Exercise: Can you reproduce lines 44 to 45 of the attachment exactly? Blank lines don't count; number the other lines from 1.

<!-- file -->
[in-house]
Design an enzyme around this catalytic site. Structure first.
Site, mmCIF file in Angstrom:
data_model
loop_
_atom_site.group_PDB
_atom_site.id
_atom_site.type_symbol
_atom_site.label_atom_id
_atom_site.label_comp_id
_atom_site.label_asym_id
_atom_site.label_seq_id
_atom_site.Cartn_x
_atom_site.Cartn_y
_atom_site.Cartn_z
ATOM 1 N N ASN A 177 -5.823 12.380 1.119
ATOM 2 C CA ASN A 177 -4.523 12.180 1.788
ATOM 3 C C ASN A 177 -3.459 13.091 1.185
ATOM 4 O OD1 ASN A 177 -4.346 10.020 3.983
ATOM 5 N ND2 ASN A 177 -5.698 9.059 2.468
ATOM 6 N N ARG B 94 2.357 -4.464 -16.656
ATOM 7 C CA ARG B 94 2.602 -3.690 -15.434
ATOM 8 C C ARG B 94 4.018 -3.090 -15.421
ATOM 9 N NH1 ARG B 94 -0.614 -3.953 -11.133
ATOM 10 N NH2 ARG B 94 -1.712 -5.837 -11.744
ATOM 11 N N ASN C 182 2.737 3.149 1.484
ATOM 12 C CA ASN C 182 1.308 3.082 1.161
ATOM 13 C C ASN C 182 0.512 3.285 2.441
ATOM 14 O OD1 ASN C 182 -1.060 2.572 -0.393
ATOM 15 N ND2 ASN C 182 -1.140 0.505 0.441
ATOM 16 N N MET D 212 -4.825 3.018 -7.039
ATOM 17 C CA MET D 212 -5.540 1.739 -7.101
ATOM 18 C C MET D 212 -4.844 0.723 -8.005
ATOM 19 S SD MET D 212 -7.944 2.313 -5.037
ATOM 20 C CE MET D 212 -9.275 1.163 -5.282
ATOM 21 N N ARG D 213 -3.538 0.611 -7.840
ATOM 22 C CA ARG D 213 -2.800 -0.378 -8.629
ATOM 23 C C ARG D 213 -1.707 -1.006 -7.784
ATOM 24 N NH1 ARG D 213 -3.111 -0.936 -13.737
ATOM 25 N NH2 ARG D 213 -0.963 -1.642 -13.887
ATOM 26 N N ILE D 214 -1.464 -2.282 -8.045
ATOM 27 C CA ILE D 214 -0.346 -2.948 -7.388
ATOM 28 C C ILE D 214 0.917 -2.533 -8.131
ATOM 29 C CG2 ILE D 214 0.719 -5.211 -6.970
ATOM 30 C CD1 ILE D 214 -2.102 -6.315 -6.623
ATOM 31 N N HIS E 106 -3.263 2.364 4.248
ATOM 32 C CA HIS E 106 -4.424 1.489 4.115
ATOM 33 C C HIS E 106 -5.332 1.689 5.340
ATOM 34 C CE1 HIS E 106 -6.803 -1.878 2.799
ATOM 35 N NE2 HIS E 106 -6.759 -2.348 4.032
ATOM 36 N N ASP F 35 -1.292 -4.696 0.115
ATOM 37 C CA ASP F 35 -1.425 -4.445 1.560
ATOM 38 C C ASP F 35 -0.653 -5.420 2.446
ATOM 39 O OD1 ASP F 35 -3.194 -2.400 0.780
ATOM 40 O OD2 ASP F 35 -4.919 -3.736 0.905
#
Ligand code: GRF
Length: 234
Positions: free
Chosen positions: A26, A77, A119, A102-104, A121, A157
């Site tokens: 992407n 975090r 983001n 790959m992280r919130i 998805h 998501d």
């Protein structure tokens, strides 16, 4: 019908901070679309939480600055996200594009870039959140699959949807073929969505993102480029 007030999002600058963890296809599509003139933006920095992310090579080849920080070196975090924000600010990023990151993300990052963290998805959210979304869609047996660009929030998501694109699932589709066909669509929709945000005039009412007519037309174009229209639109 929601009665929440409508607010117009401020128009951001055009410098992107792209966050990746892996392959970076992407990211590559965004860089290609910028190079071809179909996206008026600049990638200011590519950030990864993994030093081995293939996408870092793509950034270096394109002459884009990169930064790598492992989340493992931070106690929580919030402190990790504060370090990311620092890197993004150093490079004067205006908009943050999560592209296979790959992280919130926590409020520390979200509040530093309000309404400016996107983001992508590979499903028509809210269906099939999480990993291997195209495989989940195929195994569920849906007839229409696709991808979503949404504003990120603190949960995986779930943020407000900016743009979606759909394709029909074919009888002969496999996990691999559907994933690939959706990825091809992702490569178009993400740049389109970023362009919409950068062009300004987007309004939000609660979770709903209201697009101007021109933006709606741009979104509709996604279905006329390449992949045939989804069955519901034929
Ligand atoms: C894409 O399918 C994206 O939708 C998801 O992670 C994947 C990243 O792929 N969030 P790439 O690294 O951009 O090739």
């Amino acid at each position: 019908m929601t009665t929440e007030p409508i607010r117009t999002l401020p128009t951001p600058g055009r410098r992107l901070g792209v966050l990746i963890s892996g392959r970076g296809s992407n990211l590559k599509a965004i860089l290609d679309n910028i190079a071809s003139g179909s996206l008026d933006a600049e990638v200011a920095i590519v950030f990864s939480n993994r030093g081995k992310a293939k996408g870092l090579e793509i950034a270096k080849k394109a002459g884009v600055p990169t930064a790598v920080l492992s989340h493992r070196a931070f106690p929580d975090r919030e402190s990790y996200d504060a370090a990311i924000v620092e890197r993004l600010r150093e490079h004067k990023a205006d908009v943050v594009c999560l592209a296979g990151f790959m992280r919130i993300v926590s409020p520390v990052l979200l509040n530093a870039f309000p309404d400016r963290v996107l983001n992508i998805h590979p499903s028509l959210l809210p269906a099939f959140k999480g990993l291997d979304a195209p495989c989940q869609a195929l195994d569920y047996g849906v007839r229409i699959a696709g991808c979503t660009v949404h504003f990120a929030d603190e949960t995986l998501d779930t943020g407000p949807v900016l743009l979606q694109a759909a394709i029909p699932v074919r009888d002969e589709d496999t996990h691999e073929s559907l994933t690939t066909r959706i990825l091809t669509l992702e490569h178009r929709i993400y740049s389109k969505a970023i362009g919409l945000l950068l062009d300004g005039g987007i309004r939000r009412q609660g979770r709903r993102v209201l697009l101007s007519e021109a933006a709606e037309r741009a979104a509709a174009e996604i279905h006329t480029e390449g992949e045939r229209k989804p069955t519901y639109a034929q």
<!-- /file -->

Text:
ATOM 29 C CG2 ILE D 214 0.719 -5.211 -6.970
ATOM 30 C CD1 ILE D 214 -2.102 -6.315 -6.623